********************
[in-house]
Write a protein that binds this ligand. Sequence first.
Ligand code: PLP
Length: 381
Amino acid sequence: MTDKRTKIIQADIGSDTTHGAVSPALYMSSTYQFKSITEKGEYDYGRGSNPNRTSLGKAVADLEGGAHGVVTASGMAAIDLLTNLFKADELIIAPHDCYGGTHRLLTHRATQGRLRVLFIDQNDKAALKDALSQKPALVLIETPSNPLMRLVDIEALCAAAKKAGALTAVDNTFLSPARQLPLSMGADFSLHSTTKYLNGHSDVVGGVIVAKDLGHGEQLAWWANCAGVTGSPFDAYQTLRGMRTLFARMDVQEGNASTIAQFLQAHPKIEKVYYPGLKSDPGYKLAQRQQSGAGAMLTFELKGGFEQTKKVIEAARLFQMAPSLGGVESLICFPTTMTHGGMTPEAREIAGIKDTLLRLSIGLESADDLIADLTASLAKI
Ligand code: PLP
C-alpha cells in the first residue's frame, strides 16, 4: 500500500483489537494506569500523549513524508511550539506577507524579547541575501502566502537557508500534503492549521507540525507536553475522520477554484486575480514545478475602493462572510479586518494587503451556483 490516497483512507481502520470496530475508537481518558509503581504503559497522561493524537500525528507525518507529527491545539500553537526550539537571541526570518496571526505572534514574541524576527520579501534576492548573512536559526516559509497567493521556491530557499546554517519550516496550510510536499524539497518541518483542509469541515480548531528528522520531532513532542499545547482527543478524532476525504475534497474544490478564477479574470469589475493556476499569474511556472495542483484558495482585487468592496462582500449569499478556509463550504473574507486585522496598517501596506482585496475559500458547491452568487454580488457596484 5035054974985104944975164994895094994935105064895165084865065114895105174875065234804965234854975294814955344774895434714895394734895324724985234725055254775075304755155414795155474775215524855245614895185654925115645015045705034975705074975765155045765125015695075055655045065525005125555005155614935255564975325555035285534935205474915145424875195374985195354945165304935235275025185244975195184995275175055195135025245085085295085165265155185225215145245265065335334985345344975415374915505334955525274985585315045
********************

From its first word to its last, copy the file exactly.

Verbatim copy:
[in-house]
Write a protein that binds this ligand. Sequence first.
Ligand code: PLP
Length: 381
Amino acid sequence: MTDKRTKIIQADIGSDTTHGAVSPALYMSSTYQFKSITEKGEYDYGRGSNPNRTSLGKAVADLEGGAHGVVTASGMAAIDLLTNLFKADELIIAPHDCYGGTHRLLTHRATQGRLRVLFIDQNDKAALKDALSQKPALVLIETPSNPLMRLVDIEALCAAAKKAGALTAVDNTFLSPARQLPLSMGADFSLHSTTKYLNGHSDVVGGVIVAKDLGHGEQLAWWANCAGVTGSPFDAYQTLRGMRTLFARMDVQEGNASTIAQFLQAHPKIEKVYYPGLKSDPGYKLAQRQQSGAGAMLTFELKGGFEQTKKVIEAARLFQMAPSLGGVESLICFPTTMTHGGMTPEAREIAGIKDTLLRLSIGLESADDLIADLTASLAKI
Ligand code: PLP
C-alpha cells in the first residue's frame, strides 16, 4: 500500500483489537494506569500523549513524508511550539506577507524579547541575501502566502537557508500534503492549521507540525507536553475522520477554484486575480514545478475602493462572510479586518494587503451556483 490516497483512507481502520470496530475508537481518558509503581504503559497522561493524537500525528507525518507529527491545539500553537526550539537571541526570518496571526505572534514574541524576527520579501534576492548573512536559526516559509497567493521556491530557499546554517519550516496550510510536499524539497518541518483542509469541515480548531528528522520531532513532542499545547482527543478524532476525504475534497474544490478564477479574470469589475493556476499569474511556472495542483484558495482585487468592496462582500449569499478556509463550504473574507486585522496598517501596506482585496475559500458547491452568487454580488457596484 5035054974985104944975164994895094994935105064895165084865065114895105174875065234804965234854975294814955344774895434714895394734895324724985234725055254775075304755155414795155474775215524855245614895185654925115645015045705034975705074975765155045765125015695075055655045065525005125555005155614935255564975325555035285534935205474915145424875195374985195354945165304935235275025185244975195184995275175055195135025245085085295085165265155185225215145245265065335334985345344975415374915505334955525274985585315045